PHILADELPHIA -- For 11 innings last night, the Pirates were dead in the water offensively.
"We weren't really doing anything," manager John Russell said.
But then in the 12th inning, the Pirates "erupted."
Run-scoring hits by slumping Steve Pearce and surging Freddy Sanchez gave the Pirates a 2-0 win against Philadelphia -- which hasn't been doing anything the past few days.
The loss left the Phillies with back-to-back shutouts. They lost to Florida, 3-0, Thursday. And they are 2 for 36 with runners in scoring position over their past four games.
The Pirates, held to one hit through nine innings, came off the mat against rookie Les Walrond in the 12th.
- Box score
- Game: Pirates vs. Philadelphia Phillies, 7:05 p.m., Citizens Bank Park.
- TV, Radio: FSN Pittsburgh, WPGB-FM (104.7).
- Pitching: RHP Ian Snell (4-8, 6.14) vs. RHP Brett Myers (4-9, 5.34).
- Key matchup: Snell against two key Phillies. Leadoff batter Jimmy Rollins is 8 for 15 lifetime against Snell with a double, two triples and a home run. Power-hitting first baseman Ryan Howard is 1 for 10 with six strikeouts.
- Of note: In 12 starts on the road this season, Snell is 1-6. In 58 1/3 innings, he has yielded 88 hits.
Ryan Doumit lined a leadoff double into left-center field. Brandon Moss' slow bouncer to second moved Doumit to third.
Pearce, 5 for 28 at game time, drilled a ball inside third for a double. Moments later, with the bases loaded, Pearce scored on Sanchez' hit behind second.
"That should be a nice confidence boost for him," Russell said of Pearce's double.
"The real confidence booster was that check-swing hit off [Brad] Lidge [in the 10th inning]," Pearce said.
That one didn't lead to anything, though.
No question, Pearce has struggled.
"He needs to start making adjustments," Russell said. "He's always been a very aggressive hitter. [Opposing pitchers are] not giving him a lot of great pitches to hit, and he needs to make adjustments to lay off those pitches.
"We've talked to him about that. It's a process. He's a very aggressive hitter. He loves to swing the bat. Sometimes, that will hurt you more than help you because you try to do too much.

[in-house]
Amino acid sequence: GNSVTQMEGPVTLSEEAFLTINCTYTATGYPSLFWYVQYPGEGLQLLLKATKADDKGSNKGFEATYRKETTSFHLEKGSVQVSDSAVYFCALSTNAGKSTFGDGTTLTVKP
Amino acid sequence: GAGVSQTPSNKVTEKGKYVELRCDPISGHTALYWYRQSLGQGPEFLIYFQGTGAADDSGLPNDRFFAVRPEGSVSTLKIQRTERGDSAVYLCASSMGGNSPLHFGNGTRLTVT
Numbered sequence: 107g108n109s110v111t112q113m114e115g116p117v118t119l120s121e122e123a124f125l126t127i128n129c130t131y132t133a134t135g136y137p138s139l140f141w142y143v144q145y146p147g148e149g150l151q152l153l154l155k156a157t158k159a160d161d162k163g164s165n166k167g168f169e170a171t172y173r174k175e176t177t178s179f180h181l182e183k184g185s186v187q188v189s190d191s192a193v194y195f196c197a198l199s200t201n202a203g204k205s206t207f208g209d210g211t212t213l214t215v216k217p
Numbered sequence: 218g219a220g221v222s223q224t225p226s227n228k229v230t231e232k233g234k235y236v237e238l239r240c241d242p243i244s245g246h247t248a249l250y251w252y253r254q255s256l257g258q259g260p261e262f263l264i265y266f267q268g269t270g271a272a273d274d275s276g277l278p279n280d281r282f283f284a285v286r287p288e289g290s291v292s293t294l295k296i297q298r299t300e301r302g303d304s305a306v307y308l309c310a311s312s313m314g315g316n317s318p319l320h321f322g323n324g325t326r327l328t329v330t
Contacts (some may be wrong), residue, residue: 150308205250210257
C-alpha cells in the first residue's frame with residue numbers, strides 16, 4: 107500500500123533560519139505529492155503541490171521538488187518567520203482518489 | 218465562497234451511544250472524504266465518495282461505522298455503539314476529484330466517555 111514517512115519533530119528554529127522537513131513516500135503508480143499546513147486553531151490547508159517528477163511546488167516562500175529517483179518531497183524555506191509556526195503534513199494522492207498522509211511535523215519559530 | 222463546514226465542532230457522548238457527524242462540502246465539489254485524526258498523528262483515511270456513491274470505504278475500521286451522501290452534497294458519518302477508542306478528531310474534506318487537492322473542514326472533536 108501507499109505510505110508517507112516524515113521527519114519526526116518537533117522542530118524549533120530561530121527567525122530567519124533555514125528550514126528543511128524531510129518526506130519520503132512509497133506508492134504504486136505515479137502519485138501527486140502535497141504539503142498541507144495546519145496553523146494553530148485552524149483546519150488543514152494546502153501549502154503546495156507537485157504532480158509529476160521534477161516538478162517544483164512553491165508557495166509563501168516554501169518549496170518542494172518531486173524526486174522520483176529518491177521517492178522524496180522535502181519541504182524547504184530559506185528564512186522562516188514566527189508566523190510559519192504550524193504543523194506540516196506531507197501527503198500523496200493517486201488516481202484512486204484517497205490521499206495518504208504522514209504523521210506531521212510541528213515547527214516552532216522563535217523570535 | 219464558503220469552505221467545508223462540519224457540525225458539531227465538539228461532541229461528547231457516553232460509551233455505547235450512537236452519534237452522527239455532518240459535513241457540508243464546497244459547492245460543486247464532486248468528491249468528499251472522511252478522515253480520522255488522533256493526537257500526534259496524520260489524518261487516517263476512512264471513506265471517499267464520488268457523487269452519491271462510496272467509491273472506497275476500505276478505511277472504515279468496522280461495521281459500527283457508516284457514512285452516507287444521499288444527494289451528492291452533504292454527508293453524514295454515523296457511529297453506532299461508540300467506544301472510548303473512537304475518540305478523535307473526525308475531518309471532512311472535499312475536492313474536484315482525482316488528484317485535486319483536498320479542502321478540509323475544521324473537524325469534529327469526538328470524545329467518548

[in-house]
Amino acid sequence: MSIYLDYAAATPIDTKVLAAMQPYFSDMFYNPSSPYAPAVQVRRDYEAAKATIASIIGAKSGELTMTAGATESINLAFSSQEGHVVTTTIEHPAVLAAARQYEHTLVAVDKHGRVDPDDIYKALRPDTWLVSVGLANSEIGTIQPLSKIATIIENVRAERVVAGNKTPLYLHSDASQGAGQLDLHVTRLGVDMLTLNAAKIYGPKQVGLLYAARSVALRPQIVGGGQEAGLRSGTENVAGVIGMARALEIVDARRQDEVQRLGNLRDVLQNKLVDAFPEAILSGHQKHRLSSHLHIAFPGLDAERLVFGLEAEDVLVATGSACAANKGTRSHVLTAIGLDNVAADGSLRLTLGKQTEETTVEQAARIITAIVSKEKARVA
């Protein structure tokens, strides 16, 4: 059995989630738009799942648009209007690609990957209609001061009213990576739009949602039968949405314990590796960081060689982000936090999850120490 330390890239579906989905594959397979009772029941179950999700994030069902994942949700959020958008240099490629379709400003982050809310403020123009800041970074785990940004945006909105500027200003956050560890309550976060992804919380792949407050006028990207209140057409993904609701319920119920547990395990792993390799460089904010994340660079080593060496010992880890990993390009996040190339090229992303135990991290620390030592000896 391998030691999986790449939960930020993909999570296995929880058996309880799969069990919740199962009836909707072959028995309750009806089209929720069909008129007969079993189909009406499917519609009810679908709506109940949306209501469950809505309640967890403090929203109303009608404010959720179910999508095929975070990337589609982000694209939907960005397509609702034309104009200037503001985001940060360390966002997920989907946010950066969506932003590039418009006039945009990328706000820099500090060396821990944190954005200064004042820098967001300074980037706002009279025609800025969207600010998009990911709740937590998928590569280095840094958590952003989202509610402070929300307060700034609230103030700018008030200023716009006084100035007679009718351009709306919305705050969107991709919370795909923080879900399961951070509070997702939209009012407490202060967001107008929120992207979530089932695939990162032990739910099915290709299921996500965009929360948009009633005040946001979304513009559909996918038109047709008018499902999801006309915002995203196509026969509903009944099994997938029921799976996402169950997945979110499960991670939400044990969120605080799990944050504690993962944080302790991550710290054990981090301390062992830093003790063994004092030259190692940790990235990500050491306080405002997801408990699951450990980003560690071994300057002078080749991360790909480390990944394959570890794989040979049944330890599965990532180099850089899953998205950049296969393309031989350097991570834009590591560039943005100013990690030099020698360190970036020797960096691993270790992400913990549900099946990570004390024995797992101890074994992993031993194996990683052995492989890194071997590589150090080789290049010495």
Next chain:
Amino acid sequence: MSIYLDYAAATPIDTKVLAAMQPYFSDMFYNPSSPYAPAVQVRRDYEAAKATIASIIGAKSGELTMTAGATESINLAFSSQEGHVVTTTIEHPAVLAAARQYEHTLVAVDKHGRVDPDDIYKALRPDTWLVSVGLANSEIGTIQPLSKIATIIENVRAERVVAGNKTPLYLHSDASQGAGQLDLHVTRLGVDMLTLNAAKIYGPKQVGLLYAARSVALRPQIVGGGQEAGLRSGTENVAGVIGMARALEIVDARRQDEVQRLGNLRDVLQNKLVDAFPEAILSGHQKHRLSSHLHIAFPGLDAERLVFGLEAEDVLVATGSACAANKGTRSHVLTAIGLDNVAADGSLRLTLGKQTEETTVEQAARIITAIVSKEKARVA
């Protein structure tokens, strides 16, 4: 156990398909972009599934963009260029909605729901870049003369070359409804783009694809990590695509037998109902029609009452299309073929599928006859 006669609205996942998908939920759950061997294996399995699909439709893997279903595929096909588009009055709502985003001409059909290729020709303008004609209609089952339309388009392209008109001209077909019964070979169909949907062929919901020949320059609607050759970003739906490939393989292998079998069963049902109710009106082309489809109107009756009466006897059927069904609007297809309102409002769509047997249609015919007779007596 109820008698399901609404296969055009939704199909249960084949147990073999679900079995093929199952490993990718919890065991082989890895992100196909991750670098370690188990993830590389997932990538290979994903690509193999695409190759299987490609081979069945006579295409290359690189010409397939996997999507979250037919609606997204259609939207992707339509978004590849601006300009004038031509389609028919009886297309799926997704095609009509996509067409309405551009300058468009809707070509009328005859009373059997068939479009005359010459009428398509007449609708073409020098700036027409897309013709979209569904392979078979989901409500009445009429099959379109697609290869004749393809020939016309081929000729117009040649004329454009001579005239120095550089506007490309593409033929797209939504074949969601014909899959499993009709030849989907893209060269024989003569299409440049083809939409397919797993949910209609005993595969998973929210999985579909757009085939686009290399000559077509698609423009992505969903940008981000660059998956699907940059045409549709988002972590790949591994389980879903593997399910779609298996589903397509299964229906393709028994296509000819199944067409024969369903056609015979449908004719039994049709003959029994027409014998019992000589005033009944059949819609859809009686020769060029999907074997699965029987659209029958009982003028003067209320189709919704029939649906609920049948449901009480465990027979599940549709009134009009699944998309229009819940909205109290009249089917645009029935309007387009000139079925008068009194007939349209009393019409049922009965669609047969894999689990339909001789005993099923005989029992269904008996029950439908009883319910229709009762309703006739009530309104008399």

"He's got to start learning how to manage the strike zone, manage his at-bats, be a little more in control of what he's trying to do. You don't want to take away the aggressiveness. You want him to be aggressive but under control -- put himself in a better position to be aggressive.
"We're all about aggressiveness. We're all about swinging the bat with a purpose. Right now he's not quite there. He's taking aggressive swings at too many pitches."
Doesn't matter where the pitch is, either -- inside, outside, high, in the dirt.
"He tries to do a little too much," Russell said.
Things were somewhat better last night.
"It was a big hit for me and the team," Pearce said of his double.
Russell entrusted that two-run lead to right-hander Craig Hansen, acquired from Boston in the Jason Bay trade July 31.
Russell could have used Tyler Yates, but the right-hander has been involved in a family situation with his baby daughter.
"He's been traveling a lot," Russell said.
"It just wasn't a real great night for him to pitch."
Hansen quickly got the first out of the bottom of the 12th, but then walked Jimmy Rollins and Shane Victorino.
That meant he might have to face both troublesome left-handed hitters -- Chase Utley and Ryan Howard.
Turned out, he only pitched to Utley.
Utley lined a ball into left-center field that seemed destined to be a hit.
Moss made a great diving catch, then got to his feet and threw to Sanchez, who, in turn, threw to first to nail Victorino, who was almost around second base, for the final out.
"Utley hit that last ball real good," Phillies manager Charlie Manuel said.
"It was like it was meant for us not to score."
"Stupid," Victorino said. "I shouldn't have been there."
"A great play," Russell said. "If that ball gets through, it's a tie game. [Moss] made an aggressive play. And he didn't panic and just got up and fired the ball."
That double play gave Hansen his first major league save.
Pirates starter Paul Maholm allowed five hits and struck out a career-high 10 in his seven innings.
The left-hander -- perhaps becoming the hard-luck left-hander -- has allowed three earned runs or less in eight of his past 10 starts, but that's netted him just three victories.
Beginning with a start at St. Louis, he has a 2.86 earned run average in his past 13 starts -- but only five wins.
First Published August 9, 2008 4:00 AM